Videogames are power fantasies, the common wisdom says. If that’s true, stealth games are a strange kind of fantasy. In this genre, you’re no invincible space marine, sponging up enemy bullets and laying waste to all around you. Instead you must cling to the shadows, stalking your prey and waiting for the right moment to strike. Detection often translates to failure. But the thrill of the hunt, combined with the fear of being caught, can make for wonderfully tense experiences.
On February 25, the stealth genre gets its next major entry with the release of Eidos Montreal’s Thief reboot. (Read our review here.) To mark the occasion, here are our picks for the 10 best stealth games.
(Note: In the Thief tradition, we’re focusing on games where striking from the shadows is the primary mode of play. That rules out open-ended games with stealth elements, like the Deus Ex and Assassin’s Creed franchises, as well as survival horror titles like Siren or Outlast, where stealth is a key mechanic.)
Developer: Ubisoft Montreal
Platforms: PS2, Xbox, GameCube, DS, Xbox 360, PS3; 3D remake available for 3DS
Widely regarded as the best of the Splinter Cell series, Chaos Theory is notable not only for its use of dynamic lighting to influence your tactics as superspy Sam Fisher, but also for its acclaimed soundtrack by Jesper Kyd and Amon Tobin. It also introduced an innovative co-op campaign mode that paralleled the main storyline, which allowed two players to plan creative stealth tactics. (For a fascinating reflection from lead designer Clint Hocking on lessons learned from Chaos Theory, including a discussion of how stealth games make use of a “composition” and “execution” phase of play, download his talk from GDC 2009.)
Developer: Rockstar North
Platforms: PS2, Xbox, PC
Never mind Grand Theft Auto: Rockstar’s most shockingly violent game is this disturbing saga of a death row prisoner forced to participate in a sadistic game show/snuff film. As convict James Earl Cash, you’ll stalk gang members, murdering them in brutal, unflinching cutscenes. The game presents an interesting tension: Cash is forced to hunt and kill to win his freedom (and his life), but the violence is so extreme, the savagery so intense, that you’re forced to question your own satisfaction at accomplishing the goals the game foists upon you. Having to plot your kills stealthily, and dragging out the anticipation, only reinforces the effect—and compels you, the player, to reflect on your role as participant.
Developer: Klei Entertainment
Platforms: Xbox 360, PC
The most elegant aspect of Klei’s standout title Mark of the Ninja is the way it translates the environmental feedback mechanisms of 3D stealth games to the 2D plane. Of particular note is the “fog of war” system, which simply yet effectively communicates what your ninja can perceive around him. (For a great discussion of this and other fog of war systems featuring Ninja designer Nels Anderson, check out this episode of the Three Moves Ahead podcast.) My favorite touch is how Ninja visualizes sound, alerting you to approaching enemies with visual as well as auditory cues. In our review, Jenn Frank praised the precision of the game’s controls, the beauty of its art, and the way it rewards the player not only for gruesome kills, but also for completing levels non-lethally.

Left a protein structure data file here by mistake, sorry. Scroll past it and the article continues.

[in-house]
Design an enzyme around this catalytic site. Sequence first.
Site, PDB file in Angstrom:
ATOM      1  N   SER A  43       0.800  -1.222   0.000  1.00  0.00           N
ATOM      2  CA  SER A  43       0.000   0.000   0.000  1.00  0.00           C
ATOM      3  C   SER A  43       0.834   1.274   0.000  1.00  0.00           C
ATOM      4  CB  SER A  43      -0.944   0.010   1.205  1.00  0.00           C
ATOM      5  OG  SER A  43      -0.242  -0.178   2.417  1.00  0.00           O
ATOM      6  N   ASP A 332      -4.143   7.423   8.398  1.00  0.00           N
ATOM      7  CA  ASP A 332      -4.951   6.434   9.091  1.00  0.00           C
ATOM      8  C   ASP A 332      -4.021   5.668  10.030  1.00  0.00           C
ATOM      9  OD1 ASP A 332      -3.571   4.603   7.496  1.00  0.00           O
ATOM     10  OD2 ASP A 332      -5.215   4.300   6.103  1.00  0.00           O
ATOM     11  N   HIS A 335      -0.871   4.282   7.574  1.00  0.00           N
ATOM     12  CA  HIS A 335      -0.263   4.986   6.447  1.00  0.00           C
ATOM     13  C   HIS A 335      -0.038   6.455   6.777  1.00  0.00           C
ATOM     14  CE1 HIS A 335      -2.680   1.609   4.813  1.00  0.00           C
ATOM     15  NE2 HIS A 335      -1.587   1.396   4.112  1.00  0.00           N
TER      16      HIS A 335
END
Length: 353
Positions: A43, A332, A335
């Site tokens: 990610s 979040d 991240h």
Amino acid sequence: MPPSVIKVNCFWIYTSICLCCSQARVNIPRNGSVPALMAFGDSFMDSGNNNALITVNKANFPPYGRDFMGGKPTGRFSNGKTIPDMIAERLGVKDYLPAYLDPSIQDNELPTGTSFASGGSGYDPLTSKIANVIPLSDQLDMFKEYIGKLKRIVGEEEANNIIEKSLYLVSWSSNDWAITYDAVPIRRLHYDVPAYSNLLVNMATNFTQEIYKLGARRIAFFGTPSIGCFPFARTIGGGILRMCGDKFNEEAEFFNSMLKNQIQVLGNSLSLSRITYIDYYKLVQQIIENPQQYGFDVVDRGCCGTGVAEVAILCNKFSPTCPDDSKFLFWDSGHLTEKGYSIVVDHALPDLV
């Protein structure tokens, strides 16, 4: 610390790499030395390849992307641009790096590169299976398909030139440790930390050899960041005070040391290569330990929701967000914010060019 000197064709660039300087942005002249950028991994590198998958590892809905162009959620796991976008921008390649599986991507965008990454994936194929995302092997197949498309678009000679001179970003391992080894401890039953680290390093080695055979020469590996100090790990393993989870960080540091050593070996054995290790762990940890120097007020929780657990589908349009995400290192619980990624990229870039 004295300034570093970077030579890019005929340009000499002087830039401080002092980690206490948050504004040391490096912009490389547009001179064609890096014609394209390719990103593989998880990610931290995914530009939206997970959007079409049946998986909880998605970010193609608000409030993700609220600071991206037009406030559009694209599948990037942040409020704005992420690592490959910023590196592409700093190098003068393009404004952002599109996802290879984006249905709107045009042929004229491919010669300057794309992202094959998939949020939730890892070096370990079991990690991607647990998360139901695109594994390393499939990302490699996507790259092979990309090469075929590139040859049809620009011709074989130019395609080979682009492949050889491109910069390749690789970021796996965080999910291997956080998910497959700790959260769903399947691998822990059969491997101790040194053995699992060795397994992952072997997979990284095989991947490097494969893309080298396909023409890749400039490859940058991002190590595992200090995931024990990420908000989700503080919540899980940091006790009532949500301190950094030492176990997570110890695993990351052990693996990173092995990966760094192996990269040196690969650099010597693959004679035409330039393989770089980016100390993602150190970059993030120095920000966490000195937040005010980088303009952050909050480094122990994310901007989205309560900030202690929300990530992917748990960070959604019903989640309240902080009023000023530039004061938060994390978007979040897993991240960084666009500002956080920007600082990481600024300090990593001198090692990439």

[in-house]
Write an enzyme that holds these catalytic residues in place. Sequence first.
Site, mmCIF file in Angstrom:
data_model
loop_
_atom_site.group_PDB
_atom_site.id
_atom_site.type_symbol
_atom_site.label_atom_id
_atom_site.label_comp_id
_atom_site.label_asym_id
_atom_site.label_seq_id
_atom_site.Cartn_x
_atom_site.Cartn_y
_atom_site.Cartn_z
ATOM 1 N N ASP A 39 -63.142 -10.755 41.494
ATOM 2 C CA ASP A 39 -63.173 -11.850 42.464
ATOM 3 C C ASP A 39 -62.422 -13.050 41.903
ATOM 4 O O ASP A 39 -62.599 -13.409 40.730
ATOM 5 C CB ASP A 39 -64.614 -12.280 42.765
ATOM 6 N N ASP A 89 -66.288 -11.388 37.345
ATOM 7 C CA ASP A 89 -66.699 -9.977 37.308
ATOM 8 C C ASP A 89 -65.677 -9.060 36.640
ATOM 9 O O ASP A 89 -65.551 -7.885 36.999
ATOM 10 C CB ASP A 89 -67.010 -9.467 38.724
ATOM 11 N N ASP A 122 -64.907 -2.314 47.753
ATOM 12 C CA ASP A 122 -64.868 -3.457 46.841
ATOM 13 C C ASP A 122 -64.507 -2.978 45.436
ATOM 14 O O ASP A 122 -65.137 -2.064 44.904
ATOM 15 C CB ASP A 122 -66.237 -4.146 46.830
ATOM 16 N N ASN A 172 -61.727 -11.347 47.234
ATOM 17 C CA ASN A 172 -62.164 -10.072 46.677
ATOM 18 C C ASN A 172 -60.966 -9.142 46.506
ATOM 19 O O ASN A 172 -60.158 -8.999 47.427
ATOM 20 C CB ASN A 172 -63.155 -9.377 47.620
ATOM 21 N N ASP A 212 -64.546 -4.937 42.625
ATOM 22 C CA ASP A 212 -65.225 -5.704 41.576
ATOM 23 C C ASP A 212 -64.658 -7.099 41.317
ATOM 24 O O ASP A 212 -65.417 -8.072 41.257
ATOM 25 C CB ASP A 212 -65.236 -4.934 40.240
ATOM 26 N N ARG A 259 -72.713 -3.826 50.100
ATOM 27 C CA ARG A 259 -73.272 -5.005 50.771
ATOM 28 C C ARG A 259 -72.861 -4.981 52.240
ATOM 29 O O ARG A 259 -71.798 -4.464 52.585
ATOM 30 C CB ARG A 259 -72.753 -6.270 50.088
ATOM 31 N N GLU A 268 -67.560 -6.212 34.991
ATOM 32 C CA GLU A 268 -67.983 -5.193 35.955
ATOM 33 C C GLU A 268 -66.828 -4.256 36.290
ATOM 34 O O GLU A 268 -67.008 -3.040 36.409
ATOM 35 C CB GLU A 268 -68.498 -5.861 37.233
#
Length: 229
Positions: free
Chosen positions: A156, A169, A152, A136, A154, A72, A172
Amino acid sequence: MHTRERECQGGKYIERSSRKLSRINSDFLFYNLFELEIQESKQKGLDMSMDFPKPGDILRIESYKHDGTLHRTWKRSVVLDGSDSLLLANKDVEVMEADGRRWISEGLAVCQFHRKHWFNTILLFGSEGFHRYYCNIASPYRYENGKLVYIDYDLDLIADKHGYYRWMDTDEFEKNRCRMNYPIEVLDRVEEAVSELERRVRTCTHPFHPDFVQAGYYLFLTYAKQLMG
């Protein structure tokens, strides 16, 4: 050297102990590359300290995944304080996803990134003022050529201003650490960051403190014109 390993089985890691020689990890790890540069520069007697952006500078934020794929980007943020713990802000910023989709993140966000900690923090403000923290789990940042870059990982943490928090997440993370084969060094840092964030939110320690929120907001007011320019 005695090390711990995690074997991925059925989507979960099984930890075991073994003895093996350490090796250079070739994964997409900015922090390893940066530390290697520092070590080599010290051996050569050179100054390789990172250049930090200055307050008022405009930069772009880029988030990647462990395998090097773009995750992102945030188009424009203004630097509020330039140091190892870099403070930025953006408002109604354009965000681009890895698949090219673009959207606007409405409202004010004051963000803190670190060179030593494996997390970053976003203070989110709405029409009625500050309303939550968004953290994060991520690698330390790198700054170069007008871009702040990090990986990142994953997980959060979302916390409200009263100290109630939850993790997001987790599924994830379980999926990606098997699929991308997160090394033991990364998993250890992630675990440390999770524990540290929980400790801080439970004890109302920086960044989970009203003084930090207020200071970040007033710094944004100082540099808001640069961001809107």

There would have been no Mark of the Ninja without Tenchu, the first entry in a long-running series about 16-century Japanese ninja. Although its graphics may look primitive by today’s standards—setting the game at night was a smart way to compensate for draw distance limitations!—the original Tenchu was a trailblazer in the 3D stealth genre, with a soundtrack, moveset and design ethic that perfectly complemented the setting of feudal Japan. The grappling hook that would later play such a prominent role in the Batman: Arkham games lends a satisfying sense of verticality to Tenchu’s levels. The video below illustrates how well the game conveys the feeling of being a stealth assassin.
Developer: KCEJ/Kojima Productions
Platforms: PS2; 3DS; PS3, Xbox 360 & Vita (in Metal Gear Solid HD Collection)
Since its first appearance on the original Playstation in 1998, Hideo Kojima’s Metal Gear Solid series has remained a benchmark for cinematic stealth action games. For an expert opinion on MGS3, the game many fans consider the best of the franchise, I turned to my friend Matthew Weise, a game designer who has written extensively about Metal Gear on his blog. “Although many Metal Gear games are historically innovative,” he said, “most of those innovations are about general stealth mechanics—i.e., just making the core idea of sneaking around, hiding, creating distractions, getting caught and escaping more interesting and complicated. MGS3’s camouflage mechanics, however, are original in the genre and uniquely tied to its wilderness setting and survivalist theme.” MGS3 was an important entry in the genre, he said, because it proved “you can have different types of stealth, and build a whole game around them—rather than just make ‘better’ or ‘deeper’ stealth the design goal of each game.” Featuring an intricate, symbolic story about the hero’s growing disillusionment as a tool of the military-industrial complex, MGS3 achieves a narrative and mechanical depth most stealth games lack.
Developer: Rocksteady Studios
Platforms: PS3, Xbox 360, PC